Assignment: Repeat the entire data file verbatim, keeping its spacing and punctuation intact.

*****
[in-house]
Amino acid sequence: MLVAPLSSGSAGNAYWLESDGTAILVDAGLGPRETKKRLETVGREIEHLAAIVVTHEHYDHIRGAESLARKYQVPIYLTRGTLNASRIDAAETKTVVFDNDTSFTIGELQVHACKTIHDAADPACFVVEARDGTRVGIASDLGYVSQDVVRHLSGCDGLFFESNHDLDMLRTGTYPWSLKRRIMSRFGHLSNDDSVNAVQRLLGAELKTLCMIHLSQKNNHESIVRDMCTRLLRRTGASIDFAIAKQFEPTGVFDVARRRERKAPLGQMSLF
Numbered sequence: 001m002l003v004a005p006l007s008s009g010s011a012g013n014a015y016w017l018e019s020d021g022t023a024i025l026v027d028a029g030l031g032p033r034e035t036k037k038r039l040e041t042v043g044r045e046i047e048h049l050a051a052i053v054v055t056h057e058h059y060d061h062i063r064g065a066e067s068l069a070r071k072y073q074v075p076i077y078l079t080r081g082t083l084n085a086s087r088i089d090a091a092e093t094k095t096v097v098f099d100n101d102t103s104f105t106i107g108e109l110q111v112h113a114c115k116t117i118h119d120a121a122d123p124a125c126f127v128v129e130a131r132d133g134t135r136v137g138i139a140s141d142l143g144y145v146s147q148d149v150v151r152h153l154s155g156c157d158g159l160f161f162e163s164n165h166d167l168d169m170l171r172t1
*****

[in-house]
Amino acid sequence: MLVAPLSSGSAGNAYWLESDGTAILVDAGLGPRETKKRLETVGREIEHLAAIVVTHEHYDHIRGAESLARKYQVPIYLTRGTLNASRIDAAETKTVVFDNDTSFTIGELQVHACKTIHDAADPACFVVEARDGTRVGIASDLGYVSQDVVRHLSGCDGLFFESNHDLDMLRTGTYPWSLKRRIMSRFGHLSNDDSVNAVQRLLGAELKTLCMIHLSQKNNHESIVRDMCTRLLRRTGASIDFAIAKQFEPTGVFDVARRRERKAPLGQMSLF
Numbered sequence: 001m002l003v004a005p006l007s008s009g010s011a012g013n014a015y016w017l018e019s020d021g022t023a024i025l026v027d028a029g030l031g032p033r034e035t036k037k038r039l040e041t042v043g044r045e046i047e048h049l050a051a052i053v054v055t056h057e058h059y060d061h062i063r064g065a066e067s068l069a070r071k072y073q074v075p076i077y078l079t080r081g082t083l084n085a086s087r088i089d090a091a092e093t094k095t096v097v098f099d100n101d102t103s104f105t106i107g108e109l110q111v112h113a114c115k116t117i118h119d120a121a122d123p124a125c126f127v128v129e130a131r132d133g134t135r136v137g138i139a140s141d142l143g144y145v146s147q148d149v150v151r152h153l154s155g156c157d158g159l160f161f162e163s164n165h166d167l168d169m170l171r172t1